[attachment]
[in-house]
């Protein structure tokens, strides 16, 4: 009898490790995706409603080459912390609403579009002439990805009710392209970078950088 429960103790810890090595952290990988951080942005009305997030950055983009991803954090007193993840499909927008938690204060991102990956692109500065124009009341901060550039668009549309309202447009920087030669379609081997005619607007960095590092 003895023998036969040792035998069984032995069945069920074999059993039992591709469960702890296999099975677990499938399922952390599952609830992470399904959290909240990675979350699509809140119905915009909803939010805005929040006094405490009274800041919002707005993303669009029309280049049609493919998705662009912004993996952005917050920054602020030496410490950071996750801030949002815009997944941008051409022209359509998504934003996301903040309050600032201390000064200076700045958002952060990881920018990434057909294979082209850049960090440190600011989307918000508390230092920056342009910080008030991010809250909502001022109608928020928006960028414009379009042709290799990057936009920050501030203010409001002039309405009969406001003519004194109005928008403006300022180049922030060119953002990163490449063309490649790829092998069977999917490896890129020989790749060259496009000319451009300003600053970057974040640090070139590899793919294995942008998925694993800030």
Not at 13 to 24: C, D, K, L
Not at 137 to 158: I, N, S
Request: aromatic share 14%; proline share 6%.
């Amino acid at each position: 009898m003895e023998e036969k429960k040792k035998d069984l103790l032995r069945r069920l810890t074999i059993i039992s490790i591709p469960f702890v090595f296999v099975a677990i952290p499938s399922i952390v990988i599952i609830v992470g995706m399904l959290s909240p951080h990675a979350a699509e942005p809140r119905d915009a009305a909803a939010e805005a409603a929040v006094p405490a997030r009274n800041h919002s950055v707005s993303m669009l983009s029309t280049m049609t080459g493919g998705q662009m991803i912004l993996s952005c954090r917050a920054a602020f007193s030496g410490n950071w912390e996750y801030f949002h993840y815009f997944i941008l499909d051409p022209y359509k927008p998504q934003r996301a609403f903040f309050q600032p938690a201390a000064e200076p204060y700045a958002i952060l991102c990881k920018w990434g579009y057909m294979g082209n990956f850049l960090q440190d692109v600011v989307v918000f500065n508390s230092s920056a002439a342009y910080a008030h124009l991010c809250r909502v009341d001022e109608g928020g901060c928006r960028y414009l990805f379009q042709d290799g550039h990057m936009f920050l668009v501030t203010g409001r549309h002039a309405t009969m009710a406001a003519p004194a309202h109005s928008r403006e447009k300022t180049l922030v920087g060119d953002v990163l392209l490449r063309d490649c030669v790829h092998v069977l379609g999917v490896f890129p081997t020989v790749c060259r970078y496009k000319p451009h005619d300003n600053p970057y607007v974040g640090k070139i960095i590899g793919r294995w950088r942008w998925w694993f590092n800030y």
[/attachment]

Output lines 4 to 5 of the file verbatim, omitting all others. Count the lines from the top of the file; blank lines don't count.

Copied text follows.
Not at 137 to 158: I, N, S
Request: aromatic share 14%; proline share 6%.